Review of the Rotho MyPet Adjustable Bowl

As a Cat Behaviourist I’m always on the lookout for innovative products that promote healthy cat behaviour, or that simply make our cats’ lives more comfortable.

One such product is the Rotho MyPet Adjustable Bowl. As soon as I saw this product online I couldn’t wait to try it out.  The market for adjustable pet bowls is still fairly limited and I’ve not yet come across any that offer the benefits of this one.  Although it’s advertised for dogs, in my view, it works equally well for cats and it’s on behalf of our family felines that I’m writing this review.

Firstly it’s a single bowl unit. This might sound fairly obvious, but many of the adjustable cat feeders I’ve seen come as a pair, sometimes intrinsically linked together. Given the choice, cats prefer to eat in separate locations from one another and they would also rather we place their water as far away from their food as possible. So either way, I would usually avoid a two-bowl unit.

The bowl itself is stainless steel and removable for ease of cleaning, the rubber foot on each leg makes it more difficult for over-enthusiastic cats to push it across the floor, and (for us humans!) it comes in three attractive colours.

However, the really clever feature of this feeder is that it has an independently adjustable leg at each of its three corners. The legs have three locking positions into which they easily slide in and out, meaning that not only can the feeder be adjusted in height, but also in angle.  This is what, in my eyes makes it unique. The photos below show these options as ably demonstrated by my own cat Billy.You might wonder why a cat might need these options, and for some cats a floor level feeding bowl will do. However, there are many cats for which this feeder will provide huge benefits, such those with injuries or disabilities, as well as for elderly cats, many of which will suffer from degenerative joint disease such as osteoarthritis which makes lowering their heads difficult, uncomfortable or even painful.  This is where I believe this feeder fulfills its true potential, giving owners the option of a food bowl that they can adjust to their cats’ specific needs. I wouldn’t hesitate to recommend it.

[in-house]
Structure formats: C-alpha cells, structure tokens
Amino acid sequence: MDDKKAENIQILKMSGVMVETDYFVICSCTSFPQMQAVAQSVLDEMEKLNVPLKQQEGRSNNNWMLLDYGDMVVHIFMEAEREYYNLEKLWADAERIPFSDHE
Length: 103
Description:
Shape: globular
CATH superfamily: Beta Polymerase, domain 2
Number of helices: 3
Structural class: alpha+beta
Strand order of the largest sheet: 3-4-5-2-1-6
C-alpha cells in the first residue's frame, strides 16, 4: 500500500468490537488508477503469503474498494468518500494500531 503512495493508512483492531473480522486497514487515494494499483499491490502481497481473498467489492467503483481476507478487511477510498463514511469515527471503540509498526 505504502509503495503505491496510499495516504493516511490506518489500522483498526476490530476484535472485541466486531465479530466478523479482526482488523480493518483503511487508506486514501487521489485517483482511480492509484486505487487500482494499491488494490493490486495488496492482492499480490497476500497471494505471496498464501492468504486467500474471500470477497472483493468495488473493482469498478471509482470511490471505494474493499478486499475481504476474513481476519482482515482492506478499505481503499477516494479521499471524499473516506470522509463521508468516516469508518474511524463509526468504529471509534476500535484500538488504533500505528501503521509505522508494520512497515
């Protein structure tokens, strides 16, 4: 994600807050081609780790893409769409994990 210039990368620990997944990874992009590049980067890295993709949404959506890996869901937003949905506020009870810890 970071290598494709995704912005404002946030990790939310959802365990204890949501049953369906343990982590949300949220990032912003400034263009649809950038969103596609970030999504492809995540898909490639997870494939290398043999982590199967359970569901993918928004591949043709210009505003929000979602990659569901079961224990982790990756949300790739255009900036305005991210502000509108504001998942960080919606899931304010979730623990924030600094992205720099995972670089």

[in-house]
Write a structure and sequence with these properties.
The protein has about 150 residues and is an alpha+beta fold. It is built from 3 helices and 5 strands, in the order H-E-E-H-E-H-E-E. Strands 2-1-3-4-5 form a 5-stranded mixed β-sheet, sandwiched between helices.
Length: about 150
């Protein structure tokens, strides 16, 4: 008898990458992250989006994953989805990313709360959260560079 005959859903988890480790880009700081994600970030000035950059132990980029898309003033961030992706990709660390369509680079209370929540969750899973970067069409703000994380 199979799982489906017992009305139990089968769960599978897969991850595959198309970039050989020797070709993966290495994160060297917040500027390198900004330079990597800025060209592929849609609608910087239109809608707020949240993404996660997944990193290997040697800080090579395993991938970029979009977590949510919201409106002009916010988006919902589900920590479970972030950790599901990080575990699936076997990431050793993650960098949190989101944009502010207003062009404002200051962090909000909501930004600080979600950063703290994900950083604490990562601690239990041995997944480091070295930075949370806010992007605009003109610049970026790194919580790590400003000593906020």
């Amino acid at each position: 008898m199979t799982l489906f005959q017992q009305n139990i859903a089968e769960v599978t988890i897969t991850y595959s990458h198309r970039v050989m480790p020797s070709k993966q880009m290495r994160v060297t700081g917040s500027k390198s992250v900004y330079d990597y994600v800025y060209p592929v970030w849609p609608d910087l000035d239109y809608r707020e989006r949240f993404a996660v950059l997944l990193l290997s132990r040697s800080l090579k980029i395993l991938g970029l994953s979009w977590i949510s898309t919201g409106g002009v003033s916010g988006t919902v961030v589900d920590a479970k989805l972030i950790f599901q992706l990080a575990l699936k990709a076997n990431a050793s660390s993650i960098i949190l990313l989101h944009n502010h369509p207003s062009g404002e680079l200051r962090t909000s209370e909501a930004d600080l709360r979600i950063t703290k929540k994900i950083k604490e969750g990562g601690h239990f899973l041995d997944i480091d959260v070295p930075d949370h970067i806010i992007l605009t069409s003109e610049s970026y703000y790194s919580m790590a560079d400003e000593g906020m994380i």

The Adjustable Bowl along with other Rotho MyPet products is available for sale to both retailers and individuals.  For retails sales please visit http://shop.4cats.de. Individuals can buy the products from the Katzenworld online shop https://shop.katzenworld.uk/.

Clare Hemington is an accredited Cat Behaviourist offering behaviour consultations in owners’ homes as well as consultations by telephone and Skype. You can find out more information about your cat’s behaviour at her web site: www.catbehaviour.net

 

 

 

The Festive Feline Factor

How to Reduce Stress in Cats
and Keep Them Safe at Christmas

Christmas can be a difficult time for cats. It comes with lots of hustle and bustle, unfamiliar visitors, new and potentially hazardous objects, new scents and sometimes a highly charged atmosphere!

All of these can contribute to increased levels of stress for our family feline members, but there are things we can do to help keep them safe and give them as relaxing a time as we hope to have ourselves!

Routine
Cats are creatures of habit and it’s important to try and maintain their daily routine. This includes sticking to normal feeding times and scheduled play-times as well as ensuring that their usual sleeping areas and hiding places are available to them.

Plugin Diffusers
It would be a good idea to have a Pet Remedy or Feliway® Diffuser placed in the room most used by your cat to help reduce any anxiety he may experience.